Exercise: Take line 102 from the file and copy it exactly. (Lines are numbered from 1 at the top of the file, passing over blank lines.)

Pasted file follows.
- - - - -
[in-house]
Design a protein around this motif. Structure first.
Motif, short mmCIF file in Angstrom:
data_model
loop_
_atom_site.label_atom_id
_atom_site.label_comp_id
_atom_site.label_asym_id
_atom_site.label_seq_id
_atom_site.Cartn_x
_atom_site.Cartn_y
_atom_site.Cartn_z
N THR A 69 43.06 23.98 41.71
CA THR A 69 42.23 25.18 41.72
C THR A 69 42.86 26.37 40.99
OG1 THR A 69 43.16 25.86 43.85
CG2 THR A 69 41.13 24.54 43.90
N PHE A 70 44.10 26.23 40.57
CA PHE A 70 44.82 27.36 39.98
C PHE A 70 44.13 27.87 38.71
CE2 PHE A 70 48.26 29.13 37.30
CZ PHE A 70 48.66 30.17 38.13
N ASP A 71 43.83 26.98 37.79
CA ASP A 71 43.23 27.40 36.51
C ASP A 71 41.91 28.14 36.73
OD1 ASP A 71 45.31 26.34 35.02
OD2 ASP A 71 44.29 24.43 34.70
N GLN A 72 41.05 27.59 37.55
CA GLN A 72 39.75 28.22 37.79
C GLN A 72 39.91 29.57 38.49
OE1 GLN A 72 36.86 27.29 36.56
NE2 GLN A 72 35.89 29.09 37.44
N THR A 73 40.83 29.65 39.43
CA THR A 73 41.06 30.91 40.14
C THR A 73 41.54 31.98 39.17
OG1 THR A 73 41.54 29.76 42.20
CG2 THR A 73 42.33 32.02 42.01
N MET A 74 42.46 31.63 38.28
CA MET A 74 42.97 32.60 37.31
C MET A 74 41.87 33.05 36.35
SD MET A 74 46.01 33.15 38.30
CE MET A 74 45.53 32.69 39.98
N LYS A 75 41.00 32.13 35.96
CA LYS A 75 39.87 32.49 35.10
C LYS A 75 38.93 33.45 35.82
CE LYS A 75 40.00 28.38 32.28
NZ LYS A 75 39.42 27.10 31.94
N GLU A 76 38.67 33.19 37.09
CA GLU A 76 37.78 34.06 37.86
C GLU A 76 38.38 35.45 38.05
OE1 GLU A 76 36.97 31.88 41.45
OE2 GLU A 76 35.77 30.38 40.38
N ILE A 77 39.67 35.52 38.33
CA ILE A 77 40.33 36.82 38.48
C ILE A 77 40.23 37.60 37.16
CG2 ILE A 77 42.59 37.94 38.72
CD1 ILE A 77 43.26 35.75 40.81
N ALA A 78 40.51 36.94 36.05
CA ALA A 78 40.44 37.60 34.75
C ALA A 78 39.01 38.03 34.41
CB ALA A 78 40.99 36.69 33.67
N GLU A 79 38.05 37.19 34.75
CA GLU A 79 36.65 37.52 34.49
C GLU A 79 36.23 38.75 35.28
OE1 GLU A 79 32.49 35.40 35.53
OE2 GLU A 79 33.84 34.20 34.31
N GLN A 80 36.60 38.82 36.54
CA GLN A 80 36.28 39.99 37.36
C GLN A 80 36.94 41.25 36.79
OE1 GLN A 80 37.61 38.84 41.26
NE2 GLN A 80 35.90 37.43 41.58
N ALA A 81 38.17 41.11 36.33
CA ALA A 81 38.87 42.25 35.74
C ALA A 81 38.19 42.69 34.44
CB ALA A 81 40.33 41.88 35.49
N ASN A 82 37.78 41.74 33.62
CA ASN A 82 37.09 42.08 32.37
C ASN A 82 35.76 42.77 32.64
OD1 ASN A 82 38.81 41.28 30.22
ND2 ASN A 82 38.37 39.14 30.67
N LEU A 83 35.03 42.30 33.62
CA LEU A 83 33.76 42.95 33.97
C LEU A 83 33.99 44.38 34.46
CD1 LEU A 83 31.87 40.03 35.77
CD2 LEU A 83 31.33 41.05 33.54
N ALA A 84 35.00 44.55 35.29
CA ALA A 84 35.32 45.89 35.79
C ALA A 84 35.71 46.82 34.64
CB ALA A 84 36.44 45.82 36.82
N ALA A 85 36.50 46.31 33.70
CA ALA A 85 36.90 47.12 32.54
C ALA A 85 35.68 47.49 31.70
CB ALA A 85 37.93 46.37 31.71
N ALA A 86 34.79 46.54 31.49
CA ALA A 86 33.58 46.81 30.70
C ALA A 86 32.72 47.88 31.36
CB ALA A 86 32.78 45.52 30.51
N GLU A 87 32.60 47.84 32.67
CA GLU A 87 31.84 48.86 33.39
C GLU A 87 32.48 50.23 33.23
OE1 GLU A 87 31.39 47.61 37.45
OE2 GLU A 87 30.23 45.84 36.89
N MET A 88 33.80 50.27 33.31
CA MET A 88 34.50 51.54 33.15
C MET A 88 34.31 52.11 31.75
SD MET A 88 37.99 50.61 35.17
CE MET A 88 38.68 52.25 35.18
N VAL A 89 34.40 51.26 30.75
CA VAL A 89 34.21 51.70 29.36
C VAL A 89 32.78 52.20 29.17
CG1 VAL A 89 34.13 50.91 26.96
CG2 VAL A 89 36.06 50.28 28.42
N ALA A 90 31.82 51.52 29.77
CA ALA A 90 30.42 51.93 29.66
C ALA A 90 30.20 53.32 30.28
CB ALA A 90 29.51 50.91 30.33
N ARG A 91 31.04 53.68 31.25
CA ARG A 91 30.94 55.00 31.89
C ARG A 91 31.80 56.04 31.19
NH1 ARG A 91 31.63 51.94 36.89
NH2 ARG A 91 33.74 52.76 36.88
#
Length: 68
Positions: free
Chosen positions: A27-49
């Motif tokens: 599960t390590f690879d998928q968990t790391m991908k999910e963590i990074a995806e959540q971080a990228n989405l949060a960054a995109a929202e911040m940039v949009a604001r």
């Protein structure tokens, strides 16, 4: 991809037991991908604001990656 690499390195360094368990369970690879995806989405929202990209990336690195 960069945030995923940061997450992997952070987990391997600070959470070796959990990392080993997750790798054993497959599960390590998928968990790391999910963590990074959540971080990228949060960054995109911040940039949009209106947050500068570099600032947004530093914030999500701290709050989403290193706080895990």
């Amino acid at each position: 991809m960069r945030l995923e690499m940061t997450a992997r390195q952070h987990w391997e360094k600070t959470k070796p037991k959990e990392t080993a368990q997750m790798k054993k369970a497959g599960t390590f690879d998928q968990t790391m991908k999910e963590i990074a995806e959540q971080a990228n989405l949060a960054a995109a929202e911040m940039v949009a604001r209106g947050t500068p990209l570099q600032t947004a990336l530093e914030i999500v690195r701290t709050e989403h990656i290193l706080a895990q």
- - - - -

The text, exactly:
OE2 GLU A 87 30.23 45.84 36.89